The earliest extant feature-length animated film is (1926) made by director and her collaborators and.

In 1932, the first short animated film created entirely with (using red/green/blue photographic filters and three strips of film) was 's, directed by. But, the first feature film that was done with this technique, apart from the movie The Vanities Fair (1935), by Rouben Mamoulian, was "", also by Walt Disney.

In 1958, released, the first half hour television program to feature only in animation. released that same year. Television significantly decreased public attention to the animated shorts being shown in theaters.

has become popular since (1995), the first feature-length animated film completely made using this technique.

In 2008, the animation market was worth US.4 billion. Animation as an art and industry continues to thrive as of the mid-2010s because well-made animated projects can find audiences across borders and in all. Animated feature-length films returned the highest (around 52%) of all in the 2004–2013 timeframe.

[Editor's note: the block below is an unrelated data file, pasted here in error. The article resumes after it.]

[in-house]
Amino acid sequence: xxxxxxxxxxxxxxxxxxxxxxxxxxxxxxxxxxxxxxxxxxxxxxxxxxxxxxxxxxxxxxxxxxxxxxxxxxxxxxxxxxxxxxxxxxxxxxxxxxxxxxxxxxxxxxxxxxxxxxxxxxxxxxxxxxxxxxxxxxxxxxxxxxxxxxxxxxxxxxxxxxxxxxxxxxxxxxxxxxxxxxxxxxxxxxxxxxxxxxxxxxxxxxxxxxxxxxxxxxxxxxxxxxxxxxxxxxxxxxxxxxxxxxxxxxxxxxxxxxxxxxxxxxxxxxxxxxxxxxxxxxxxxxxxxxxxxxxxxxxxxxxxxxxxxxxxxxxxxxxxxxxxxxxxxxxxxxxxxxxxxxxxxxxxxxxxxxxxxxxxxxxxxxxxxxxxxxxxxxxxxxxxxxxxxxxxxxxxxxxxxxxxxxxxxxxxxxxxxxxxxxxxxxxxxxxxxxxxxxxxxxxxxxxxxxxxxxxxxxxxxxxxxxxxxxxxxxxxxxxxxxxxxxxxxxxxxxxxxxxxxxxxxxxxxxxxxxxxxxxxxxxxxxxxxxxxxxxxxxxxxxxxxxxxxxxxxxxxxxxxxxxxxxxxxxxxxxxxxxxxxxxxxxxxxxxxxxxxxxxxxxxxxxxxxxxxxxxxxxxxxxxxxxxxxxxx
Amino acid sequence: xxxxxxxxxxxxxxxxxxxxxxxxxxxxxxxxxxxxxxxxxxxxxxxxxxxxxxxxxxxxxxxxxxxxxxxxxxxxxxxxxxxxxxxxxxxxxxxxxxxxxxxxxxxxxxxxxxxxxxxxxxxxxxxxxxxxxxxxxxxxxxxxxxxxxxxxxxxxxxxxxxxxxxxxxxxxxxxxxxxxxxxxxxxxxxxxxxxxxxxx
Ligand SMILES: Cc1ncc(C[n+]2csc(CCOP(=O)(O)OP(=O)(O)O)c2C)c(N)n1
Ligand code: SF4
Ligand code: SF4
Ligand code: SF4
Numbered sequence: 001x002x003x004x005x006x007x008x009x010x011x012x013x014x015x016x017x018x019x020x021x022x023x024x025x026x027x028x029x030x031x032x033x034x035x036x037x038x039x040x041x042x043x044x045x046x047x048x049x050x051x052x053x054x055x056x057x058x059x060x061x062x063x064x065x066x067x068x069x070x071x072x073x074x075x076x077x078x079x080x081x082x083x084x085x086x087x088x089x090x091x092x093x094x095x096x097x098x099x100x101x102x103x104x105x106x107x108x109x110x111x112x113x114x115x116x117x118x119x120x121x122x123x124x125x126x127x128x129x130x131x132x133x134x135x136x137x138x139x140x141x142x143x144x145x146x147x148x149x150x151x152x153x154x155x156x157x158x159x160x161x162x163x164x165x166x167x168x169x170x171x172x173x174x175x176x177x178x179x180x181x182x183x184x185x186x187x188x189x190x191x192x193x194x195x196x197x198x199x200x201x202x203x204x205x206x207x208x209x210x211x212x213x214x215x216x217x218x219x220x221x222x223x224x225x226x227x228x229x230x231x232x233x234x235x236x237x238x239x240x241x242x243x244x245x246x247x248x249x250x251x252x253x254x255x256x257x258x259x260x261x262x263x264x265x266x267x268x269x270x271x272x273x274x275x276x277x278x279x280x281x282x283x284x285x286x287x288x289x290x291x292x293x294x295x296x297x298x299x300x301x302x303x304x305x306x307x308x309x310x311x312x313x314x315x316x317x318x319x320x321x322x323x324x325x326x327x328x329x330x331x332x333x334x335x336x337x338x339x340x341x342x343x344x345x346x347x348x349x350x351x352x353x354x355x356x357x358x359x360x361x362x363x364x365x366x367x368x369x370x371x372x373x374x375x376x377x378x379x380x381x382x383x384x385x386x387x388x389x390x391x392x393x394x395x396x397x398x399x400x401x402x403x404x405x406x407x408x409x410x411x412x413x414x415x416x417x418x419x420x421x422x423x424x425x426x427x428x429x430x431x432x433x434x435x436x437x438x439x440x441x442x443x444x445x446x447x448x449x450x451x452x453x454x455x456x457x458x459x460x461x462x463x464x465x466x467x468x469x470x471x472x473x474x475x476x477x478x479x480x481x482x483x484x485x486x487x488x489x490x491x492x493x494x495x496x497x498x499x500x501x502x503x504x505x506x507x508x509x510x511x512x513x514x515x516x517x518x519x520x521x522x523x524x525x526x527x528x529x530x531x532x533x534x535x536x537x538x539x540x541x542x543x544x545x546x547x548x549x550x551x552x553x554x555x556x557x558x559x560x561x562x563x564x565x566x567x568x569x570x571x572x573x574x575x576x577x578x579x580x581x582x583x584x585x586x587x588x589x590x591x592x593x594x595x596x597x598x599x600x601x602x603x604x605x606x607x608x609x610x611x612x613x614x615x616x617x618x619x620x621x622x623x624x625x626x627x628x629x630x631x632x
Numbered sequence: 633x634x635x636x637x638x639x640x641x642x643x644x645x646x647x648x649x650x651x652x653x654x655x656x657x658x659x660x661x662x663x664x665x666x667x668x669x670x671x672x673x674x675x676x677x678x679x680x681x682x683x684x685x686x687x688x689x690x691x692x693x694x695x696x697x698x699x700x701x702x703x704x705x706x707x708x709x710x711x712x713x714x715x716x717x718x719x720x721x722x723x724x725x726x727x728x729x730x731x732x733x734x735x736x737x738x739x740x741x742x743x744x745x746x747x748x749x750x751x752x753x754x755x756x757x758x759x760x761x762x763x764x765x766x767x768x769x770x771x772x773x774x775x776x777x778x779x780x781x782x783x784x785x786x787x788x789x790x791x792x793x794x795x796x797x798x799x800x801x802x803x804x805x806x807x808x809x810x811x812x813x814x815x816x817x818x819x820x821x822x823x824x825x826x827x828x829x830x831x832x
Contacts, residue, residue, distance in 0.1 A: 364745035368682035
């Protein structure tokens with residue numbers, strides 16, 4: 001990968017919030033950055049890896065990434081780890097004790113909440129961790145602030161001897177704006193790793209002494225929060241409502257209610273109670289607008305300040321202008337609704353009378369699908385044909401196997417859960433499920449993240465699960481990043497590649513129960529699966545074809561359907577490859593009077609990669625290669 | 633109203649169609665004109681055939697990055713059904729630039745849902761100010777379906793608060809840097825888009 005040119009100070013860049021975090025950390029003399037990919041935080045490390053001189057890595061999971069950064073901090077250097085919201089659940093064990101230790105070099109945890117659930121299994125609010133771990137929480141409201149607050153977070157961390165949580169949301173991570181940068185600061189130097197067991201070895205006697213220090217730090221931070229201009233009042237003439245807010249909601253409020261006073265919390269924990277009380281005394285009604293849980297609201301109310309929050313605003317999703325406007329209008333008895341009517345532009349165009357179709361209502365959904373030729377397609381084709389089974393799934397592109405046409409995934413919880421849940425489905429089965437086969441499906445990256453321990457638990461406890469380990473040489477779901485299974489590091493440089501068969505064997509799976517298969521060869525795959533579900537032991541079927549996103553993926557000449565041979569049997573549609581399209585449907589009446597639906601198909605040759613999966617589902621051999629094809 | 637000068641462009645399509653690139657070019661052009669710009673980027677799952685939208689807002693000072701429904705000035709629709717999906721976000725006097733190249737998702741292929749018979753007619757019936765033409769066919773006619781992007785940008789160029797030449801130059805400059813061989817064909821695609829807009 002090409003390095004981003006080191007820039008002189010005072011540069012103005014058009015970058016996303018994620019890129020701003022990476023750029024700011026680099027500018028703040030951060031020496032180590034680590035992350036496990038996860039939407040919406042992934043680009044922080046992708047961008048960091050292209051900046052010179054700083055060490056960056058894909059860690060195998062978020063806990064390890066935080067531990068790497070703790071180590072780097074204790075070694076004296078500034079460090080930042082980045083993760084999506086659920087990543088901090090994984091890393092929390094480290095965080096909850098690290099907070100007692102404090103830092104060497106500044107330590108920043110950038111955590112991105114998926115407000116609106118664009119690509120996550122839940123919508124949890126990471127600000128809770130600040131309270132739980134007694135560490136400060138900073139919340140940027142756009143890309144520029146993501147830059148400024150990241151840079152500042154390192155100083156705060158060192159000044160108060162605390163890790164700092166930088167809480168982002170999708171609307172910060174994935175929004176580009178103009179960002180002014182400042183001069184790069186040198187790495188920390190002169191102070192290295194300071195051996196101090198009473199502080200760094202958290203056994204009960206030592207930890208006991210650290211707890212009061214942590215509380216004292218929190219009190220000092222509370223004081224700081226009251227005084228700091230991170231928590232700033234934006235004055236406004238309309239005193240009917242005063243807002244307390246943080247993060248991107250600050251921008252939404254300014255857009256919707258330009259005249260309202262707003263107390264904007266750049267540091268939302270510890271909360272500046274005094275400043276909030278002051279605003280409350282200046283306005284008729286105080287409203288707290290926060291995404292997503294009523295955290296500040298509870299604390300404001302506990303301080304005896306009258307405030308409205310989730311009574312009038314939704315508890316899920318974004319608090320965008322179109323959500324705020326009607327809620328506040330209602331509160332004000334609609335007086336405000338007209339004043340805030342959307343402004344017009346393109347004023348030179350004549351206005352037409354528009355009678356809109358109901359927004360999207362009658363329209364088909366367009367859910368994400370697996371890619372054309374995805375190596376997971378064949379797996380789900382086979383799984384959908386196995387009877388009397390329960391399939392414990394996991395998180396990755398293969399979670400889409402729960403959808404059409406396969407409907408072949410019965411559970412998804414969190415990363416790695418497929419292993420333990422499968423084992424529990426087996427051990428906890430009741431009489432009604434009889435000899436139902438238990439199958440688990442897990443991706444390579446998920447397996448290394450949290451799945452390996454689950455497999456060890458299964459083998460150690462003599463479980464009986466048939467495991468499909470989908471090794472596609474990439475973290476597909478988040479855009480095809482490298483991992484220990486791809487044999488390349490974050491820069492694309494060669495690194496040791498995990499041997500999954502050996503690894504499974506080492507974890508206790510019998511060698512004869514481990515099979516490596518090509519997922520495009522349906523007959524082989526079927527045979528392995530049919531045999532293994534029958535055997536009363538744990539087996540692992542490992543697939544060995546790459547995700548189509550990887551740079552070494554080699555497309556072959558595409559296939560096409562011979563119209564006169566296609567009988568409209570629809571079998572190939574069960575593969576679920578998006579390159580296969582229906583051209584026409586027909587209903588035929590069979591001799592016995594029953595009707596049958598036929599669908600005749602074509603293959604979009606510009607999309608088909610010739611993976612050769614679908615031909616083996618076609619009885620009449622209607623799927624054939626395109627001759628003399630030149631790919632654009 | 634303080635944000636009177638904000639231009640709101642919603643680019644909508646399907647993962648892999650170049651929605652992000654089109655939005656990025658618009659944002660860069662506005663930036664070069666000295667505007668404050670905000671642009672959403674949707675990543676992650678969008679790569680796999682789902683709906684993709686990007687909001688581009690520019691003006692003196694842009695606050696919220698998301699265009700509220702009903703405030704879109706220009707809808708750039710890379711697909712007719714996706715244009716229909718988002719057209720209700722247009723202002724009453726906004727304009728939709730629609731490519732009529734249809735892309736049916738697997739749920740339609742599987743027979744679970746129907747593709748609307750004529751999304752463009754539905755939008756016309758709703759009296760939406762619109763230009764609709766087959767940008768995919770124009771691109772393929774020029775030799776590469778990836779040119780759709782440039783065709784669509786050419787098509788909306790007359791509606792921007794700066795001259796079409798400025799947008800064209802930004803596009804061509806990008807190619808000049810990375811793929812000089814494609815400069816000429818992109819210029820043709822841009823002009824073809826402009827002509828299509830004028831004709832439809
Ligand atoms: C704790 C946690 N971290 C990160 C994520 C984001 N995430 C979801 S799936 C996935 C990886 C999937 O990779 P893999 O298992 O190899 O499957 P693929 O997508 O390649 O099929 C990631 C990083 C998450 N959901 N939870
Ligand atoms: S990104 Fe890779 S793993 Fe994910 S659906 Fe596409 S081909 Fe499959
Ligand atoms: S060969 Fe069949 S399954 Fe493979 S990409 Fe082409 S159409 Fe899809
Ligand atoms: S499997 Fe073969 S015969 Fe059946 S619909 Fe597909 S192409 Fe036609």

Techniques[]

Traditional animation[]

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Traditional animation (also called cel animation or hand-drawn animation) was the process used for most animated films of the 20th century. The individual frames of a traditionally animated film are photographs of drawings, first drawn on paper. To create the illusion of movement, each drawing differs slightly from the one before it. The animators' drawings are traced or photocopied onto transparent acetate sheets called, which are filled in with paints in assigned colors or tones on the side opposite the line drawings. The completed character cels are photographed one-by-one against a painted background by a onto motion picture film.

The traditional cel animation process became obsolete by the beginning of the 21st century. Today, animators' drawings and the backgrounds are either scanned into or drawn directly into a computer system. Various software programs are used to color the drawings and simulate camera movement and effects. The final animated piece is output to one of several delivery media, including traditional and newer media with. The "look" of traditional cel animation is still preserved, and the ' work has remained essentially the same over the past 70 years. Some animation producers have used the term "tradigital" (a play on the words "traditional" and "digital") to describe cel animation that uses significant computer technology.